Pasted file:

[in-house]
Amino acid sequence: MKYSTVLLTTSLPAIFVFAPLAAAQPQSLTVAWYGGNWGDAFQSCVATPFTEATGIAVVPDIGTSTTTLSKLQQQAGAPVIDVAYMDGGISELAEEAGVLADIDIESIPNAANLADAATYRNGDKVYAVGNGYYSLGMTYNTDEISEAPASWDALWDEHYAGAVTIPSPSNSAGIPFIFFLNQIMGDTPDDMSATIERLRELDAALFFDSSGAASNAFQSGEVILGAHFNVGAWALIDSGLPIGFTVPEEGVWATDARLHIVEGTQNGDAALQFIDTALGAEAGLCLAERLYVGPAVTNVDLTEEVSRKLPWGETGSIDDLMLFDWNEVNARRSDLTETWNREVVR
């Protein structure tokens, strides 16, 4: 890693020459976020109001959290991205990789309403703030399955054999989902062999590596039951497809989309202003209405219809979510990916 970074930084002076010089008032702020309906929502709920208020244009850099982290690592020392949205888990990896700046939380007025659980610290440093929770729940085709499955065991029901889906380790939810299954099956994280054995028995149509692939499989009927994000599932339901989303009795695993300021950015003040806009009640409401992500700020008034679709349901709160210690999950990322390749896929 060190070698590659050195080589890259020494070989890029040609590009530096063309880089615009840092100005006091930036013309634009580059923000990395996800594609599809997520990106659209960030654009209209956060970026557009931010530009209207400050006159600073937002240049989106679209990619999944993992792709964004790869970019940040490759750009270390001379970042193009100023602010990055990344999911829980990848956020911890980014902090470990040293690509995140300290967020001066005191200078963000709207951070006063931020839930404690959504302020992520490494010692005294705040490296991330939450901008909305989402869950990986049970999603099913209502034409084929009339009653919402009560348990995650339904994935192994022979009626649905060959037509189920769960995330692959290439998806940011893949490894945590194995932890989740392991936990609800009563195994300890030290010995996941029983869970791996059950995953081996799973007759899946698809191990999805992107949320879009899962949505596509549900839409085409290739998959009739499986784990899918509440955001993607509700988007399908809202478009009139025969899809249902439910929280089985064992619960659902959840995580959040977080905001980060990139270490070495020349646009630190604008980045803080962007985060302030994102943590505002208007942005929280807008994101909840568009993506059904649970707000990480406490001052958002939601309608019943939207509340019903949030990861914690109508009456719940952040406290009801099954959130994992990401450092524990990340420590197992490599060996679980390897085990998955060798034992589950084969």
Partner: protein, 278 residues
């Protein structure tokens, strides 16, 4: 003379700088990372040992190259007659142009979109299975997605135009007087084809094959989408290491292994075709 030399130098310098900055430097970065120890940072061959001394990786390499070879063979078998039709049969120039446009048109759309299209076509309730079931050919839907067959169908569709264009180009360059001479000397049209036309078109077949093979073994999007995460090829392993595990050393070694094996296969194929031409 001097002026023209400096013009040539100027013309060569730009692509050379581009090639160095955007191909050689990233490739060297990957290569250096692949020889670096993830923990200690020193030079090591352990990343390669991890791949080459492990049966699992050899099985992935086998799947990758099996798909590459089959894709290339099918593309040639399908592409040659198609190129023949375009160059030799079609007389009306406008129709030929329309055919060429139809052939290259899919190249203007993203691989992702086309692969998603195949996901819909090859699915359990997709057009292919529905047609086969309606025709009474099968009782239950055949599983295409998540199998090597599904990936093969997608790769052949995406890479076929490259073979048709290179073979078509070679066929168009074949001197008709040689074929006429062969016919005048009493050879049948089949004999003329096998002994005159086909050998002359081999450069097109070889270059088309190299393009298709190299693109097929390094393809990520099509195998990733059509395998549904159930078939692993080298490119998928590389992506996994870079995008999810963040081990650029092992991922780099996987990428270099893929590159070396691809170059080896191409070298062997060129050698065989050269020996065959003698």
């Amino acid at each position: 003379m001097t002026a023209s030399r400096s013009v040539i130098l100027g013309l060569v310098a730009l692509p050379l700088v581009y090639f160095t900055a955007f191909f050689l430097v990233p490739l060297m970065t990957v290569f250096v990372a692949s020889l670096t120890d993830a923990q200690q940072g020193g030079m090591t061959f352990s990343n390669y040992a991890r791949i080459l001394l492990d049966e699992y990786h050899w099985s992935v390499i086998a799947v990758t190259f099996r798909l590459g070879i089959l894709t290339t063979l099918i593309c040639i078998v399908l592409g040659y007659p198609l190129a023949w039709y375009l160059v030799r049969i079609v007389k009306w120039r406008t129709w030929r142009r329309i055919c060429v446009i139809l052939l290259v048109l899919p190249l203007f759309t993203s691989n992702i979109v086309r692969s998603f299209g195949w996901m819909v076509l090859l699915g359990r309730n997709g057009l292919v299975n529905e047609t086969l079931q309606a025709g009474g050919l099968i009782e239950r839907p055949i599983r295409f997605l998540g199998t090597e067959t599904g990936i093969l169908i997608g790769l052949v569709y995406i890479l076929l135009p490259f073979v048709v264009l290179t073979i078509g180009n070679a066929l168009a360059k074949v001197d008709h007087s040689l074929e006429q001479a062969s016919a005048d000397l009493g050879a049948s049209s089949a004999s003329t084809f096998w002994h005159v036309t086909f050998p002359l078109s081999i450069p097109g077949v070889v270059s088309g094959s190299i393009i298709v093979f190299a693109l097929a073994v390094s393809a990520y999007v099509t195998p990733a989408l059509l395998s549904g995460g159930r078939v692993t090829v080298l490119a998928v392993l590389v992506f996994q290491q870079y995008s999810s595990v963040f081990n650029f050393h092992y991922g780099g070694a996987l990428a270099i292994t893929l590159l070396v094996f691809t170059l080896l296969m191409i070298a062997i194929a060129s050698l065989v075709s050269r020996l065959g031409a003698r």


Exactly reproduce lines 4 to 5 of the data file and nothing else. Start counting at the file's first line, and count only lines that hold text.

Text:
Partner: protein, 278 residues
């Protein structure tokens, strides 16, 4: 003379700088990372040992190259007659142009979109299975997605135009007087084809094959989408290491292994075709 030399130098310098900055430097970065120890940072061959001394990786390499070879063979078998039709049969120039446009048109759309299209076509309730079931050919839907067959169908569709264009180009360059001479000397049209036309078109077949093979073994999007995460090829392993595990050393070694094996296969194929031409 001097002026023209400096013009040539100027013309060569730009692509050379581009090639160095955007191909050689990233490739060297990957290569250096692949020889670096993830923990200690020193030079090591352990990343390669991890791949080459492990049966699992050899099985992935086998799947990758099996798909590459089959894709290339099918593309040639399908592409040659198609190129023949375009160059030799079609007389009306406008129709030929329309055919060429139809052939290259899919190249203007993203691989992702086309692969998603195949996901819909090859699915359990997709057009292919529905047609086969309606025709009474099968009782239950055949599983295409998540199998090597599904990936093969997608790769052949995406890479076929490259073979048709290179073979078509070679066929168009074949001197008709040689074929006429062969016919005048009493050879049948089949004999003329096998002994005159086909050998002359081999450069097109070889270059088309190299393009298709190299693109097929390094393809990520099509195998990733059509395998549904159930078939692993080298490119998928590389992506996994870079995008999810963040081990650029092992991922780099996987990428270099893929590159070396691809170059080896191409070298062997060129050698065989050269020996065959003698």